Jude will show us what this means in the last portion of his letter. But what can we do today when we think about this? I think the first thing is that we need to understand that we are in a battle this is an important thing we do not think about. How dangerous would it be to walk in the middle of a battle and have no knowledge that you are in the line of fire? It is not so much that you died in battle, but you died because you did not know you are in battle. Christians beware that Satan is like a roaring lion seeking someone to devour. With that in mind then the next thing we can do is be more aware and alert. Being on the forefront knowing that the enemy can attack at any time helps you stay out of danger or prepared when danger is before you. So a Christian with this knowledge can be aware that this prowling lion is lurking in the thicket. Leo the Great said, “There are no works of power, dearly beloved, without the trials of temptations; there is no faith without proof, no contest without a foe, no victory without conflict. This life of ours is in the midst of snares, in the midst of battles; if we do not wish to be deceived, we must watch. If we want to overcome, we must fight.” Thirdly, know that this is not a short battle, this is lifelong. Paul says at the end of his life, “I have fought the good fight, I have finished the race, I have kept the faith” (2 Tim 4:7). This battle is not short-lived, but is always raging on this side of the river. We will lose, we will get knocked down in this battle, but we are kept by Christ. We are victorious in Christ. Jude says our common salvation is important, and we need to know this, however, we cannot be ignorant of what this means. We fight daily, hourly, again not against people, but powers.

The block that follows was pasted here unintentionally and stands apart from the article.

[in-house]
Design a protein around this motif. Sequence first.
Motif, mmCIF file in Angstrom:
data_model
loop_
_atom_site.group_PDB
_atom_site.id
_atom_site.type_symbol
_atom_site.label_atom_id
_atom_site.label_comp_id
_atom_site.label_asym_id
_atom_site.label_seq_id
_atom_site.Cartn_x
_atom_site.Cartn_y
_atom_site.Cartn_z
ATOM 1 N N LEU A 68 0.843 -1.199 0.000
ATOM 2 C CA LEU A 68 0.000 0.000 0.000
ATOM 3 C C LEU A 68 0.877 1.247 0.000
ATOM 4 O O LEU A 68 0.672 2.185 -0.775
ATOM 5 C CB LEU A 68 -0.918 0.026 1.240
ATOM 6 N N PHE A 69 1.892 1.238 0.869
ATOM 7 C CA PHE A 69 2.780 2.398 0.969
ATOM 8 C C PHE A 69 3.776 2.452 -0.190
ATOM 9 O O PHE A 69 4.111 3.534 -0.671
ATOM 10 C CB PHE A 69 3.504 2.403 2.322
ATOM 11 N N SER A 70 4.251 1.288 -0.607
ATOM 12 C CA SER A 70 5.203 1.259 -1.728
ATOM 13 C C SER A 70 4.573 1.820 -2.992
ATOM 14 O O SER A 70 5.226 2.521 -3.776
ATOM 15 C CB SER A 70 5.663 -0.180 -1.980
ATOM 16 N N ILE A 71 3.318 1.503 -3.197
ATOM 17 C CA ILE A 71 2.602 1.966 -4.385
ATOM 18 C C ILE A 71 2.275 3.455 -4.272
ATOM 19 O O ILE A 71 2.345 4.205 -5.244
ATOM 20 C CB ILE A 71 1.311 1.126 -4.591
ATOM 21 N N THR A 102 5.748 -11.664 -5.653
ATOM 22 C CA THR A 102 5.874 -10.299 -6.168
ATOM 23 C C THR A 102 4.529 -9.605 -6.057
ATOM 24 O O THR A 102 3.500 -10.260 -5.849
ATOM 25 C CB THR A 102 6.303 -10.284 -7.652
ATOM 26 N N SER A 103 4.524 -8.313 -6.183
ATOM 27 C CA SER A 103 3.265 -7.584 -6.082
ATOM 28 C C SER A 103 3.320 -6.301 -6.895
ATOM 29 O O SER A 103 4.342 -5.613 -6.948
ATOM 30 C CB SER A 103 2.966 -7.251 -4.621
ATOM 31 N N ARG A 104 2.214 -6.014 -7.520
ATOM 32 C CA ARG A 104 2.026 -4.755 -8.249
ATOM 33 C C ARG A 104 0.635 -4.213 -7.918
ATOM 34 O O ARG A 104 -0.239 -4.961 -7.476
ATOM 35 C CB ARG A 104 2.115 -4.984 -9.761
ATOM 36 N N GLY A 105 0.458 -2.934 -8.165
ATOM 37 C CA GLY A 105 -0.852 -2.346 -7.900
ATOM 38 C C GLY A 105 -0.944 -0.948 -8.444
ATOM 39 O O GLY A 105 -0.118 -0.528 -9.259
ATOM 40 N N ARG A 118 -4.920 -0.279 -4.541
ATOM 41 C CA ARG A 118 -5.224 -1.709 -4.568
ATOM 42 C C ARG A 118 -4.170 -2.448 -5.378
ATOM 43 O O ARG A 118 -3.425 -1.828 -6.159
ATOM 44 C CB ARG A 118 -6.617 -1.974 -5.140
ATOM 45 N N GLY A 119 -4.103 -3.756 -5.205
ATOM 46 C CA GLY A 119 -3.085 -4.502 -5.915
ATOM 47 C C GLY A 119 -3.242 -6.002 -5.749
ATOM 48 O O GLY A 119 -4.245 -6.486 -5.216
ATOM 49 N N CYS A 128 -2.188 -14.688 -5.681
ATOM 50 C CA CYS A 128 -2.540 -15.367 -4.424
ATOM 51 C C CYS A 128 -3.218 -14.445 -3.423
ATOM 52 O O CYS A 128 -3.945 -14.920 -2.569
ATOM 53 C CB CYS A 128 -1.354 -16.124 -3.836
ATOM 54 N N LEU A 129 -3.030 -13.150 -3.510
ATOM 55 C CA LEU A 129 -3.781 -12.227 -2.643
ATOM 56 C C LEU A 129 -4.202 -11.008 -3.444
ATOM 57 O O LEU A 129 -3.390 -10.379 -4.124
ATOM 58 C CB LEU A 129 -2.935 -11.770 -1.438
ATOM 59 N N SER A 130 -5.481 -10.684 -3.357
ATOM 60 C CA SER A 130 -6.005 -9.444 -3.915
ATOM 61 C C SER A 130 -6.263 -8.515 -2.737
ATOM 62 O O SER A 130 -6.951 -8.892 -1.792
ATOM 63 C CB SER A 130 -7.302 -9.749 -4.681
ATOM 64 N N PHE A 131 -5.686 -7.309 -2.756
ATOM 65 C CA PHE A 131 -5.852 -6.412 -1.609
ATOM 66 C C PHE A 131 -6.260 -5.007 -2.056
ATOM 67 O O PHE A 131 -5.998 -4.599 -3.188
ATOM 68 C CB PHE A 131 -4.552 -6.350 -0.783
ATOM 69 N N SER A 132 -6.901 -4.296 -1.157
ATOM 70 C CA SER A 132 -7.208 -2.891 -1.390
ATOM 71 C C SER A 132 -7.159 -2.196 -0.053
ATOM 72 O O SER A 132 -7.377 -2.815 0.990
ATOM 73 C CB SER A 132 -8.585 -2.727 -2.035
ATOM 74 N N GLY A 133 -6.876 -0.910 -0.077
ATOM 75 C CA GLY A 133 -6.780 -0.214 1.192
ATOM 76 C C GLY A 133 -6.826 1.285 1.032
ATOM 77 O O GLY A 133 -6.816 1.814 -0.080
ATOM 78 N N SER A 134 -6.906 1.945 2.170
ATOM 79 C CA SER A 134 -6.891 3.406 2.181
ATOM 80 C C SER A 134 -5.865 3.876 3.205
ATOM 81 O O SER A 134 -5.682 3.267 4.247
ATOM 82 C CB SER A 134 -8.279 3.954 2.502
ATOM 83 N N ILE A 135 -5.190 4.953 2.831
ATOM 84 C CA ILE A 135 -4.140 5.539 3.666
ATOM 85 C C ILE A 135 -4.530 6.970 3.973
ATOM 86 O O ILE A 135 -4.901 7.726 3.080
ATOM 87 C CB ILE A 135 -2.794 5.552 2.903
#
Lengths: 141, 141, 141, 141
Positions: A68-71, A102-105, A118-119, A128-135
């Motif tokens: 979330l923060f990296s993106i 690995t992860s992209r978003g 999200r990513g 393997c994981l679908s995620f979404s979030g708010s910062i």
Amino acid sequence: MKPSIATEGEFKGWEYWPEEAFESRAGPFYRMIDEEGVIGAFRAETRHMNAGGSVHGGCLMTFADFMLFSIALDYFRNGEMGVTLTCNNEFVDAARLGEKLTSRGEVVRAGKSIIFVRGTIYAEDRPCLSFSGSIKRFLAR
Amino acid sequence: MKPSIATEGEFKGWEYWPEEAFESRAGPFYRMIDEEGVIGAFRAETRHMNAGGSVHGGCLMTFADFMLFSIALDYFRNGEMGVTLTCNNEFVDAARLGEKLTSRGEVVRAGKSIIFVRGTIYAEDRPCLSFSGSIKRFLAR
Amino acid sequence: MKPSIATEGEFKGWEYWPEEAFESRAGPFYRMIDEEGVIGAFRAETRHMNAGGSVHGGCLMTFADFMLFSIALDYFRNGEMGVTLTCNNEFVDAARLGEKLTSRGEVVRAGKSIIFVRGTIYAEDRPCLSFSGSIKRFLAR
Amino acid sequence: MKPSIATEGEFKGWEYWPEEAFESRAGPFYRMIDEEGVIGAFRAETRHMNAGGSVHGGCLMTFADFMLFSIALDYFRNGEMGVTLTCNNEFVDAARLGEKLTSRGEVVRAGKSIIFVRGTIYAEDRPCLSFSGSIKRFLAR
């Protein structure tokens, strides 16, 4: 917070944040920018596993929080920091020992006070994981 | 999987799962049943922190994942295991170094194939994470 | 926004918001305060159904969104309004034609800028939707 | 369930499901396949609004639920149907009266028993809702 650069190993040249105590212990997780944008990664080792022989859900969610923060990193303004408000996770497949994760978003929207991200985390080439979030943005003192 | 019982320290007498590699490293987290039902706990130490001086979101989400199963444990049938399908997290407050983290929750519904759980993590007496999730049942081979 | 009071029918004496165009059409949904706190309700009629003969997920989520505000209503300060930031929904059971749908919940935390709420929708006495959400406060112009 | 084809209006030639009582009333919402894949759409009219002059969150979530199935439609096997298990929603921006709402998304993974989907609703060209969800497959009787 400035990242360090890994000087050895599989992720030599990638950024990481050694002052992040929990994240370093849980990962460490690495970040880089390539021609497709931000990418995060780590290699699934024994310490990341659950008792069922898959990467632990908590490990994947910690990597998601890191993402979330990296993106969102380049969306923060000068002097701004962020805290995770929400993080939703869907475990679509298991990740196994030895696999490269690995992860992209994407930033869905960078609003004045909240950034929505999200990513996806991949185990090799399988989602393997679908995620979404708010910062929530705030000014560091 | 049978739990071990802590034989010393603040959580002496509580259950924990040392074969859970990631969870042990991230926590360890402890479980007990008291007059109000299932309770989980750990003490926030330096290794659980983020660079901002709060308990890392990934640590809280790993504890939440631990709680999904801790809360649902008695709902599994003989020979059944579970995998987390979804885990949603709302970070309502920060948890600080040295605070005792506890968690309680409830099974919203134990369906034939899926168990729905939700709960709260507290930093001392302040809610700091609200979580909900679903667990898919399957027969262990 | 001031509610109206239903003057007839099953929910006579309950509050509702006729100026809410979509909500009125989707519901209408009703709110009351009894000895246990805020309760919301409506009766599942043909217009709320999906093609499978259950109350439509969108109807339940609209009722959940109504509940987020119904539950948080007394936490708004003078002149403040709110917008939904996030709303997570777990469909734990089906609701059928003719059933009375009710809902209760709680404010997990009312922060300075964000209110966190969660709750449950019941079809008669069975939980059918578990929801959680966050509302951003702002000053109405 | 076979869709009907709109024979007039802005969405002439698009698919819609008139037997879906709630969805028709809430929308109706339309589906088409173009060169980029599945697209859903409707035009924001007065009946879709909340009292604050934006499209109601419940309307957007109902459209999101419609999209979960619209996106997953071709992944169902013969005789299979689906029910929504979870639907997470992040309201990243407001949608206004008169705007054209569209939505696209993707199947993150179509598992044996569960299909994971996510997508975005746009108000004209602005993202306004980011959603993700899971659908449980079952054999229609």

What then are we fighting for? Jude explains we are fighting for ‘the faith delivered.’ What a glorious succinct statement that would be great to look at in more detail. However, for the sake of time let us briefly comment on each word. First, we shall notice the definitive nature of this faith. It is not ‘my faith’ or ‘your faith’ but the faith. In a day and age when everything is internalized and personalized we need to be reminded that the faith we share is the same. As Paul says, “There is one body and one Spirit—just as you were called to the one hope that belongs to your call— one Lord, one faith, one baptism” (Eph 4:4–5). We often only think as ourselves, yet the Bible speaks of the individual’s faith but a united faith in Christ. This is what can make such an important difference, especially when we think of the concept of warfare. That we are in this together, side by side. John of the Cross said, “The devil prevails with ease over those who are alone, and who in the things of God order themselves according to their own will.” When we understand it is the faith that we share then we can fight with our brothers and sisters in Christ. Secondly, faith, this word means more than just a belief that one person shares, but speaks of the content of the gospel. Carl Truman calls this the creedal imperative, that we have a Scriptural basis for having statements of faith. Lastly, Jude explains that this is delivered to all the saints. Here we find out something very important about this faith, that is given or handed over. This faith is not something that appears out of fresh air. That this faith is something that is passed down. We do not get to make this up or change it how we want to. The reformation was not some radical revolution, but a reforming of the Scriptures. Many of the reformers sought to lean on and quote church fathers along with the Bible, not to show the church fathers were right, but the Bible is right, and here are those who agree. We need to protect what is given to us so we can give it to the next generation. Every generation has this burden to learn and pass on what the Scriptures have taught. But also notice why Jude explains we need to fight for what has been delivered to us because some have changed what was delivered to us.